Here is a little-known and not often seen book published in 1883. But with a preface that begins with a brilliant quip such as, “Another cook book! Why? Because among the dozens that have come under our observation, none were quite complete. Many were so brief as to omit many necessary things. Others were so voluminous as to be full of trash,” our attention is certainly piqued.
This copy is an 1887 reprint done in paperback for subscribers of the Farm and Fireside Library series. Farm and Fireside—based in Springfield, Ohio—was a farming magazine that gave birth to the Crowell-Collier Publishing Company. This in turn became Mast, Crowell and Kirkpatrick Publishers in 1879. The aforementioned Kirkpatrick, Thomas Jefferson Kirkpatrick, was the husband of the otherwise unnamed compiler of The Housekeepers’ New Cook Book.
Preceded by a section entitled Practical Suggestions to Young Housekeepers and a brief summary of essential kitchen equipment, the collection reads a bit like a community cookbook. Many of the recipes are attributed to their originators, perhaps subscribers to the magazine, and largely from rural farming communities around the US.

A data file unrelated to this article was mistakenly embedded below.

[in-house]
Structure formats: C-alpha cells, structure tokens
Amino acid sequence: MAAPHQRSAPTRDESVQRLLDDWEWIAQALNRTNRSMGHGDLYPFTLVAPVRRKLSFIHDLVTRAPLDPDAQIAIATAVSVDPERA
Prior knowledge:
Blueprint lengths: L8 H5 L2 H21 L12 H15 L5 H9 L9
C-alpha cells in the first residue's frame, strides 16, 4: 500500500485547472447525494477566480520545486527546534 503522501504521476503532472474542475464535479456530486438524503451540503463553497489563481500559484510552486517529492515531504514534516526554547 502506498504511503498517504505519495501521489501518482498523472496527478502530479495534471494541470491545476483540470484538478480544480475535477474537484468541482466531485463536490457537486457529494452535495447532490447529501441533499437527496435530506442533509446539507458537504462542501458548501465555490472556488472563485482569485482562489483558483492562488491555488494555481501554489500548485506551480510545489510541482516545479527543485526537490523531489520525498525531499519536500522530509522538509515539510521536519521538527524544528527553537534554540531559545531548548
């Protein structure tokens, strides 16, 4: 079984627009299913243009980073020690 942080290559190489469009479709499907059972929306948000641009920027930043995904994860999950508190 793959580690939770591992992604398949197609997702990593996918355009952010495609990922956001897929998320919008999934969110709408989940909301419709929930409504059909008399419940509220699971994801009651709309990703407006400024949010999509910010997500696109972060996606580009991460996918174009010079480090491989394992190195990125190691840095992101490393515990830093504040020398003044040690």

While some of the recipes are questionable at best (i.e. bread soup consisting of stale bread covered in boiled water and “seasoned” with a tablespoon of sweet cream), the primary appeal of the book is in its largely Midwestern perspective on food and cookery during the US’s Gilded Age. This is mostly humble, unsophisticated fare for homes where meals weren’t cooked and served by household staff, nor does it reflect the dressed-up, showy dishes of the emerging middle class of the early 20th century. A fascinating, delightful insight.
The books were printed on rather flimsy, high-acid stock. It is fair to say our copy has suffered a good deal of discoloration, chipping, and staining with age and use. In order to give it longer life, we have had it rebound in beige cloth with the original cover laid on. Now sturdy enough for a third century of readers.